Archive Page 2

They actually wear doggles

I’ve always wondered when dogs would actually need Doggles. If sled dogs can go without on the glare ice of the north, why should a city pooch require shades? Well, this weekend at a walk to benefit the Progressive Animal Welfare Society (aka PAWS), I got my answer in a pair of Basset Hounds who require protective eyewear — for riding in a cart pulled by a motorcycle. In fact, they seemed not merely content but self-consciously stylish in their canine specs.


New tricks

I got word — and awesome video — this week from Buddy the surfing dog. I met this canine master of the boogie and long boards while writing Unleashed: Climbing Canines, Hiking Hounds, Fishing Fidos, and Other Daring Dogs. I am thrilled to see he’s still shredding the waves in Ventura. My big takeaway from time spent with Buddy and his surfing pal, Bruce Hooker, was that some “tricks” aren’t achieved through training or coaxing with treats. Plenty of dogs like Buddy will join their people in surprising adventures when they see there’s fun to be had.

My Super Model Dogs

I’m a total stage mother, and say, without hesitation, that you should check out my pups in the September issue of Sunset Magazine. (Sneak a peek at Lulu and Renzo online by scrolling down at Sunset traveler.) Aren’t they the bomb? Many thanks to awesome photographer Annie Marie Musselman and her adorable canine grip, Chicken, for memorializing my hiking buddies.

Tick-tock your way to dreamland

Losing sleep to a young pup who whines and barks in her crate? Here’s an idea: Put a ticking clock under a blanket in the crate — maybe even a blanket or T-shirt that smells like you. Apparently, this is something rescue folks do with orphaned pups to simulate the comforting sound of a heartbeat. I can’t guarantee the strategy works, but it’s got poetry and logic going for it.

Tough choices: safety v. freedom

Thanks to everyone who attended my Hiking with Dogs presentation at the Washington Trails Association TrailsFest. It was a wonderful event, and I was honored to be a part of it. One of my topics — a perennial topic — was whether dogs should be off-leash in the backcountry. While most of my advice suggested erring on the side of a leash, I know that there are times when a well-trained dog is so good it hardly seems necessary.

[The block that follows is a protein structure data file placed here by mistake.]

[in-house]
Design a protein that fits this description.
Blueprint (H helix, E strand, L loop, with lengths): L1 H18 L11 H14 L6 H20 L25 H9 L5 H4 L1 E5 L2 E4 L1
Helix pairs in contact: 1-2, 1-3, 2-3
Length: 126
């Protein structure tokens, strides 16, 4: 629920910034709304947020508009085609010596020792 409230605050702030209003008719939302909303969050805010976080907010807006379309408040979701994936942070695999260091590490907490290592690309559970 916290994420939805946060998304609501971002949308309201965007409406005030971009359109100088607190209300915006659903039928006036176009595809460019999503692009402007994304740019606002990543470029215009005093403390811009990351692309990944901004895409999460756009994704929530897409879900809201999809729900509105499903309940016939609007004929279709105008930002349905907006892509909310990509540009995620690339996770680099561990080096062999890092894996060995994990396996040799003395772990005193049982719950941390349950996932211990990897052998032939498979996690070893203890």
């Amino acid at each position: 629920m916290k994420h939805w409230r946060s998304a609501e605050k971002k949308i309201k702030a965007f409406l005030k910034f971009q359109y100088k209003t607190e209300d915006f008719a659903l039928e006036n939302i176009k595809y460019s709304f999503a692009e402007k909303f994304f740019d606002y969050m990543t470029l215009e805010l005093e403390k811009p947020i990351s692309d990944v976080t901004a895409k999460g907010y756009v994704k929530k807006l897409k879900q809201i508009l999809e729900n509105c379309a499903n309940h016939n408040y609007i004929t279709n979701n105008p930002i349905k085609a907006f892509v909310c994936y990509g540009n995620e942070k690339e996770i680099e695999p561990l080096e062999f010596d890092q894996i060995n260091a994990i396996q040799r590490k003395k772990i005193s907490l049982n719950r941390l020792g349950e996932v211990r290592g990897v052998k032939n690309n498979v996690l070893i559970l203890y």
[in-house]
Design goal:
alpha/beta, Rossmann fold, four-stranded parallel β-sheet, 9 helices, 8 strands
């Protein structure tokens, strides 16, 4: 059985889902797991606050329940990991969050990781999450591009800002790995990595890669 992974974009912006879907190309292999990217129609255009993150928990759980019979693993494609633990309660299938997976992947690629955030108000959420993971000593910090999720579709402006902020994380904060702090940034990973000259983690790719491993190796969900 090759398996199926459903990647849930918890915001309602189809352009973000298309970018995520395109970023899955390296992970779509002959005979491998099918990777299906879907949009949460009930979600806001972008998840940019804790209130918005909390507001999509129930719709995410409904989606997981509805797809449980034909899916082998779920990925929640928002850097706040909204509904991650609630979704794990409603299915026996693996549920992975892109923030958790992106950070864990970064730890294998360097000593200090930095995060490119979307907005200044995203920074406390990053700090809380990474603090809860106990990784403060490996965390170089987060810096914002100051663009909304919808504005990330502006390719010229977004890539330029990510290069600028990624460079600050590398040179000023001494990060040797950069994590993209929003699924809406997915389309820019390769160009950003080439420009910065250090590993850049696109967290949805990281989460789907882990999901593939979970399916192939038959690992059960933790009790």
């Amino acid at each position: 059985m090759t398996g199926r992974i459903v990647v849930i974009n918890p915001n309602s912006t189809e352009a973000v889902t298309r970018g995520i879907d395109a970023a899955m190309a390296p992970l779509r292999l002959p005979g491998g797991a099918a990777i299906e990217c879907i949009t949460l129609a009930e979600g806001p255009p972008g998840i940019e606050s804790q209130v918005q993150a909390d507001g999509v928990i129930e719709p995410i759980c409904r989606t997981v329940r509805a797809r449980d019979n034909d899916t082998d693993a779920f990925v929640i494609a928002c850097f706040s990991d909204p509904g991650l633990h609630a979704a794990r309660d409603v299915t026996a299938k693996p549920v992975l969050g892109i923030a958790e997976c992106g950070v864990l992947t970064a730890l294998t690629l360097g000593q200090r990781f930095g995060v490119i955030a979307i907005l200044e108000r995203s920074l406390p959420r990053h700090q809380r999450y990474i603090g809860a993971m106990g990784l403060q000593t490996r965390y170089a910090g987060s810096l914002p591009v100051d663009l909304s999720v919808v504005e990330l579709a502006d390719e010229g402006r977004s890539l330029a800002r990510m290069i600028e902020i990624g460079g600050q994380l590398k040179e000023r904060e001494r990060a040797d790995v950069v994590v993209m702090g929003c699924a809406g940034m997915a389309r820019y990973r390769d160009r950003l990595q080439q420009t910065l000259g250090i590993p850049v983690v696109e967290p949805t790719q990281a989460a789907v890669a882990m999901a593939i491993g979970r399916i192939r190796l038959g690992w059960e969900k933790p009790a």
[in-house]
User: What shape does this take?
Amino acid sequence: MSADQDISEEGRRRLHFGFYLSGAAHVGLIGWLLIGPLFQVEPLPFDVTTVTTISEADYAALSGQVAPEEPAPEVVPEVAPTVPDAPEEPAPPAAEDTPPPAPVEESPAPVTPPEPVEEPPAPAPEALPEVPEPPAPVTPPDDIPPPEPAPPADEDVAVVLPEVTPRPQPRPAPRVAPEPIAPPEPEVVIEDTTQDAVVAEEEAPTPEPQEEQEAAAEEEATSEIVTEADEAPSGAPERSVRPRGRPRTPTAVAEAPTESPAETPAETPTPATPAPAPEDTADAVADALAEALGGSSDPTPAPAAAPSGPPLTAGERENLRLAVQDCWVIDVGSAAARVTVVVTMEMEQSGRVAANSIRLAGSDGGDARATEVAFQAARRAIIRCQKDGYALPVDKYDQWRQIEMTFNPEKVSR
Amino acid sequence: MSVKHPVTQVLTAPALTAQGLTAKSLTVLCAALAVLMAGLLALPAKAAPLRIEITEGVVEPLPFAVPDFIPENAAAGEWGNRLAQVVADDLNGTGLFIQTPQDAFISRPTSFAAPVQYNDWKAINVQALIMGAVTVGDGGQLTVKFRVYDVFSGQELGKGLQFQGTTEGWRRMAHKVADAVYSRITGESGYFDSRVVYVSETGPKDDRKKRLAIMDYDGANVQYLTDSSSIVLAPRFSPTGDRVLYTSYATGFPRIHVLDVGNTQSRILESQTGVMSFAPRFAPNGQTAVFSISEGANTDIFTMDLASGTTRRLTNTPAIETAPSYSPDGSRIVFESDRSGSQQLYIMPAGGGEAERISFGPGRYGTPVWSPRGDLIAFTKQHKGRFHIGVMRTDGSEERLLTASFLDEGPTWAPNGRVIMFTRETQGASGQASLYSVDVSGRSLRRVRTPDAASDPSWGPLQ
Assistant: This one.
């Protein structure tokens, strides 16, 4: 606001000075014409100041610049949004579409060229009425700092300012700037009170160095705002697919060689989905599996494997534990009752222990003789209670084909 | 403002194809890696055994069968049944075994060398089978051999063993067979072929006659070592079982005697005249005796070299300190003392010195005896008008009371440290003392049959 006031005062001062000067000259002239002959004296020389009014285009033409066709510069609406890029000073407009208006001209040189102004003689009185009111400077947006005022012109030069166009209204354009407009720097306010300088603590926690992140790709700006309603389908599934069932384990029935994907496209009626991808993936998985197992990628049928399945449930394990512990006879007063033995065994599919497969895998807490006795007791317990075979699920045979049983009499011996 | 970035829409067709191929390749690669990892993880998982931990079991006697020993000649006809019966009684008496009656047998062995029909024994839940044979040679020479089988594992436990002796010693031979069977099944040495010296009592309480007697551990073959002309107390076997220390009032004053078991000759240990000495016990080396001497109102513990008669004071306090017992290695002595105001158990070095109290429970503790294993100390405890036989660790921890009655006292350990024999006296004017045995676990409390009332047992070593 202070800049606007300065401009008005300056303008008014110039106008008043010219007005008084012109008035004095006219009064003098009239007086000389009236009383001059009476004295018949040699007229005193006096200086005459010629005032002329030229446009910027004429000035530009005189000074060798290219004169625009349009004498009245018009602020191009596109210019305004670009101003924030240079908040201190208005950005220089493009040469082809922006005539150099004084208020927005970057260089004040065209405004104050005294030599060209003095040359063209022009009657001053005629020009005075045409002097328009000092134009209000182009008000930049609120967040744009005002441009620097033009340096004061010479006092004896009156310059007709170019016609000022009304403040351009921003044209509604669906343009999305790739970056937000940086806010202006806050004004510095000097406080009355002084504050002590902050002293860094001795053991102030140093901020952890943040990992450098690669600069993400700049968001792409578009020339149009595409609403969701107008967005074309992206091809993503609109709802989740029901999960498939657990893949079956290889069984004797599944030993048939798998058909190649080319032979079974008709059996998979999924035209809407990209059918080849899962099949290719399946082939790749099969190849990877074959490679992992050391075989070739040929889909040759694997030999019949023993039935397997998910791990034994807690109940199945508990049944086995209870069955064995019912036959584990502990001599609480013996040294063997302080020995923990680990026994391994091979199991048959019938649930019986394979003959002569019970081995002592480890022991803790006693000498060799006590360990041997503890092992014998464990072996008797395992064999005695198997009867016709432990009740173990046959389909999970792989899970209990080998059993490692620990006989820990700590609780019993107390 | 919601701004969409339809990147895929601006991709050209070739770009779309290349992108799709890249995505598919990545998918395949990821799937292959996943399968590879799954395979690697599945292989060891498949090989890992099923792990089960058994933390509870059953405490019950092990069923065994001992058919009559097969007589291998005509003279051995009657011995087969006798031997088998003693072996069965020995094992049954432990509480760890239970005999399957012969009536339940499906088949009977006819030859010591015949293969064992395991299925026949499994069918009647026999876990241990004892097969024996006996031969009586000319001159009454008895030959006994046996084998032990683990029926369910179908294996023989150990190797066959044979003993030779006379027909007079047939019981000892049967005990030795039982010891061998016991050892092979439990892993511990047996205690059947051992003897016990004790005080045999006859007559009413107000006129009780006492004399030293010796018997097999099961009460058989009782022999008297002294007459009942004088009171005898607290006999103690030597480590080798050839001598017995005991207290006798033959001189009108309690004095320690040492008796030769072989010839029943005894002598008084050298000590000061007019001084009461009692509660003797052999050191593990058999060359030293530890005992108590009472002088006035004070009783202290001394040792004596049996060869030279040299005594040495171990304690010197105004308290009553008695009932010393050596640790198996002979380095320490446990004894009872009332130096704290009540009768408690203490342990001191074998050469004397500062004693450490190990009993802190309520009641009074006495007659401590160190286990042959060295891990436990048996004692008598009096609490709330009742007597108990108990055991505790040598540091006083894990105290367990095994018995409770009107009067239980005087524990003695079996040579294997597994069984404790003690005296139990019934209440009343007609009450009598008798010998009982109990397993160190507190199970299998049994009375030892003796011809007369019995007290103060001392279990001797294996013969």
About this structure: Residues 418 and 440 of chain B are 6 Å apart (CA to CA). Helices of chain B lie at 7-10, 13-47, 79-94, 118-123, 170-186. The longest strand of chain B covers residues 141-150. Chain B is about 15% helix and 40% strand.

Today, I learned the sad story of Casey, a 12-year-old Labrador/Shepherd mix, who was euthanized after suffering severe injuries as the result of a fall during a hike in the Columbia River Gorge in Oregon. The announcement came to me from DoveLewis, an awesome 24-hour Emergency and ICU Animal Hospital in Portland. While it’s fuel for keeping dogs tethered, my first reaction was not: Why wasn’t that dog on a leash? My first reaction was those poor people; this is going to haunt them for a very long time. A few hours later, DoveLewis sent out a follow-up press release that put the guardians’ grief and guilt in a considered and compassionate context. I thought it was worth a read.

Advice for flying canines

A writer-friend of mine, Susan, recently adopted a retired service dog, Joplin, from an organization in Toronto. Another friend, Harriet, who writes about airports for a living, agreed to collect the dog — and in the process, check out at least three airports. It turned into a 24-hour planes-trains-and-automobiles epic, which I won’t relate here since I’m guessing at least one of them will squib about it somewhere, but I did glean a fairly excellent bit of flying-your-dog advice from a kennel north of the border.

When you load up your dog, include a bowl in which the water has been frozen, so that it melts during the flight and is less likely to slosh around during the early loading phases. Also, create a bedding of shredded paper on top of a rubber mat: It’s soft, absorbent and disposable. One other thing, and I hope I’m not giving too much away here, be sure you’ve got a regulation travel crate held together with metal fasteners!

Check out Harriet’s blog: Stuck at the Airport.

The sweet smell of fur?

In Dog Park Wisdom, I related the advice of adding a tea bag to your vacuum bag to fight against the smell of hot fur bunnies. I recently demonstrated this kernal of housekeeping wisdom for the folks at Evening Magazine using Seattle’s own MarketSpice Tea. The aroma of orange and cinnamon is a big improvement on dog fur. Bev Sparks chimed in an alternative for tea-free homes: dryer sheets. She’s right; it works like a charm. I haven’t calculated which is more economical.

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